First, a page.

Thursday, November 19, 2009

Kenaf Hibiscus

One plant that really did well for me this year was this new to me plant, Kenaf Hibiscus.

The seeds I bought were few, so I was really excited when these two plants grew and flourished. No extra water or fertlizer. They fell over, but kept right on growing. One plant has more "pot" looking leaves, the other plant has more heart shaped. I'll be keeping seeds from both. Because growing a plant that looks like a pot plant (especially in my county) is a major concern of mine, I'll be planting the heart shaped leaves next season, if my seeds ripen. Below are the two plants, one in front of the other. Well over 20ft tall, with beautiful huge light yellow flowers.
My online research shows this plant is used for its oil (seeds), fiber (stalks), and food. Much research is being done to see if it warrants replacing the tree paper industry. VERY easy to grow.

Below information taken from:



Extra! Extra!
Read all about it! Kenaf revolution underway. Buyers exercise power of purchasing. Public approval ratings up. Fiber of the future available today!

cannot run wild across the country like a weed, because in almost all parts of the U.S., kenaf seeds cannot mature.

Kenaf is a 4,000 year old NEW crop with roots in ancient Africa.
A member of the hibiscus family (Hibiscus cannabinus L), it is related to cotton and okra, and grows well in many parts of the U.S. It offers a way to make paper without cutting trees. Kenaf grows quickly, rising to heights of 12-14 feet in as little as 4 to 5 months. U.S. Department of Agriculture studies show that kenaf yields of 6 to 10 tons of dry fiber per acre per year are generally 3 to 5 times greater than the yield for Southern pine trees, which can take from 7 to 40 years to reach harvestable size.

While the flowering can last 3 to 4 weeks, or more, per plant, each individual flower blooms for only one day. The stalk of the kenaf plant consists of two distinct fiber types.
The outer fiber is called "bast" and comprises roughly 40% of the stalk's dry weight. The refined bast fibers measure 2.6mm and are similar to the best softwood fibers used to make paper.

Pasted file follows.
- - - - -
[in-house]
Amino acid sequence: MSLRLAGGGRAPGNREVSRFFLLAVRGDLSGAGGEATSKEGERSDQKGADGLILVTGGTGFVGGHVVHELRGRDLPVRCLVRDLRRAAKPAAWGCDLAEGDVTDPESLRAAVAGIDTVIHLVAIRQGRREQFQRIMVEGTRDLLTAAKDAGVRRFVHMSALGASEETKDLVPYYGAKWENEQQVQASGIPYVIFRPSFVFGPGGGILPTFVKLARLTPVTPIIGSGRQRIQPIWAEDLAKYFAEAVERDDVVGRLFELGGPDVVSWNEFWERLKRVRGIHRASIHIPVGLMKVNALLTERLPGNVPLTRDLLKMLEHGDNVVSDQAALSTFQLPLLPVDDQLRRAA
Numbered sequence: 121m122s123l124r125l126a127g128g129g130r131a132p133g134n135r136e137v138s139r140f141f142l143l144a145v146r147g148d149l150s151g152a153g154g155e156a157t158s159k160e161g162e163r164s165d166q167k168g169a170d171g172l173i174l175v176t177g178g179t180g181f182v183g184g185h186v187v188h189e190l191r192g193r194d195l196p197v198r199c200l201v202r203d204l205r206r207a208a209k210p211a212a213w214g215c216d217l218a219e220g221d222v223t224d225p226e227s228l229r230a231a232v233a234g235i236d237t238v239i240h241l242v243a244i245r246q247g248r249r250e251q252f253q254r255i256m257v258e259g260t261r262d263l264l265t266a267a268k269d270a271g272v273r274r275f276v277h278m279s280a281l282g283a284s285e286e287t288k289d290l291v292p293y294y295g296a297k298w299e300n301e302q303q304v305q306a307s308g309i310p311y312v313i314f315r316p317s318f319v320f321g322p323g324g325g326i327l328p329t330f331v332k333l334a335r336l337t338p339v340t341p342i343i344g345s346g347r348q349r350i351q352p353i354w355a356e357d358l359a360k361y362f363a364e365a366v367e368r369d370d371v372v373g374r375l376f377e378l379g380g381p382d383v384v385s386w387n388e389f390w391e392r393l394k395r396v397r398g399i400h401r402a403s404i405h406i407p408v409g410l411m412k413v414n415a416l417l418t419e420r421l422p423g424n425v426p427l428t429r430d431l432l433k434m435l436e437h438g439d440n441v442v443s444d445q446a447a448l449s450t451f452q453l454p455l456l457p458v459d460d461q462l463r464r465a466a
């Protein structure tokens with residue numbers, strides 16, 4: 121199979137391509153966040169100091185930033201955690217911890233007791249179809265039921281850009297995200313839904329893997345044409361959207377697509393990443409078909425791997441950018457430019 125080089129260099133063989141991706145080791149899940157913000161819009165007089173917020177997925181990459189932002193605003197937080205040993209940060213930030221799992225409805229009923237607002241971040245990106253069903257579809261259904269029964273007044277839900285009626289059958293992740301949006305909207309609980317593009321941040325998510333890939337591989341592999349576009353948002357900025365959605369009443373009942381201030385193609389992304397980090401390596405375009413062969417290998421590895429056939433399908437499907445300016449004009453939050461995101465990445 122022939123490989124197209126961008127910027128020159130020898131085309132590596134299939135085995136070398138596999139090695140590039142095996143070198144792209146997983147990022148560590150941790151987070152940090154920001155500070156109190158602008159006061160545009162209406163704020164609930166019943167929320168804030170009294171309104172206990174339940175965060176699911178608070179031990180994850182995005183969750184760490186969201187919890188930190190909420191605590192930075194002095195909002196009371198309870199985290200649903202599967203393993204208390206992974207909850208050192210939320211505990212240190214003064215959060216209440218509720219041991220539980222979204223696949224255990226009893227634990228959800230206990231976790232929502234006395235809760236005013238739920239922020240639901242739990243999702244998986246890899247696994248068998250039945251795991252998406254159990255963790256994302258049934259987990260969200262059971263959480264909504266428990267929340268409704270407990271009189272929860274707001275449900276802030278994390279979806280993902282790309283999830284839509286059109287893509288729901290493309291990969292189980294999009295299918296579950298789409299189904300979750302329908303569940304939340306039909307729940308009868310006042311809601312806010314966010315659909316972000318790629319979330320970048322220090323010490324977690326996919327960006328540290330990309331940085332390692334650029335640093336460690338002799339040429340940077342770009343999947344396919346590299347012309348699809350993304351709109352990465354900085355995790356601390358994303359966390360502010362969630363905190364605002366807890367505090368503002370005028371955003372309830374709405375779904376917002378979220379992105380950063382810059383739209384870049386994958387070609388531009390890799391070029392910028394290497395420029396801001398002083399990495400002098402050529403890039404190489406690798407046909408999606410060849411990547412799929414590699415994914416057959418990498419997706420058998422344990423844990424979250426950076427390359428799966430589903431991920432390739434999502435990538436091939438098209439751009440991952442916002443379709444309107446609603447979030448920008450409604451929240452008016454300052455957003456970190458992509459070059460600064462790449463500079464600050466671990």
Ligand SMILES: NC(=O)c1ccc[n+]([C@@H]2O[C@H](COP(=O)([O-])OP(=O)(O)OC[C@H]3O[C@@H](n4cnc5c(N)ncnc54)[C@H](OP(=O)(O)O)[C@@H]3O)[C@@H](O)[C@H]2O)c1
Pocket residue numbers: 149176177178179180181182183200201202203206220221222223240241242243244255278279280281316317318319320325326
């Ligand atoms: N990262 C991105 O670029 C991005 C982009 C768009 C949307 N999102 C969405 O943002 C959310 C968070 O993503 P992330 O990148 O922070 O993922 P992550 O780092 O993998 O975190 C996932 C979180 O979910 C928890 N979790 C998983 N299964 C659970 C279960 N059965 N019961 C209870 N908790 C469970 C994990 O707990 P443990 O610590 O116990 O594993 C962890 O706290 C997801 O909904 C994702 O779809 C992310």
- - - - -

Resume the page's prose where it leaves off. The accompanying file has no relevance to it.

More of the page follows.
The whiter, inner fiber is called "core", and comprises 60% of the stalk's dry weight. These refined fibers measure .6mm and are comparable to hardwood tree fibers, which are used in a widening range of paper products.

Upon harvest, the whole kenaf plant is processed in a mechanical fiber separator, similar to a cotton gin. The separation of the two fibers allows for independent processing and provides raw materials for a growing number of products including paper, particle board, animal bedding and bioremediation aids.

At the end of the growing season, the kenaf plant flowers. After blooming the flower drops off, leaving a seed pod behind. In almost all parts of the U.S. the seeds can never mature. Because of their African origin they require an additional 60-90 days of frost free conditions to reach the point of germination. This means kenaf cannot run wild across the country like a weed. It also presents some interesting challenges for developers to insure a consistent supply of seed for next year's crop. Much research work is being done in the area of seed development, with leading edge companies like Vision Paper developing innovative and environmentally sound solutions.

Illustrations by
Heidi Smith
All art © 1998
Vision Paper

Have a great weekend!!!!
Go to My Romantic Home for more Show and Tell today:)


Grammy said...

How cool is that!. It is beautiful and useful. Yea!

Rhonda said...

Wow! Sounds fool proof, just what I need!

Very pretty too! :)

Gail said...


ladyviral said...

Wow, I didn't know hibiscus comes in so many types too.. I only thought one type which my country's national flower haha~ thanks for sharing ^_^.

Barbara said...

Carla, I have never heard of this plant, but your info was very interesting. Do you recommend planting some?

Happy Thanksgiving.


Jean said...

Beautiful plant! I love the first picture. Jean

TJ said...

That is beautiful!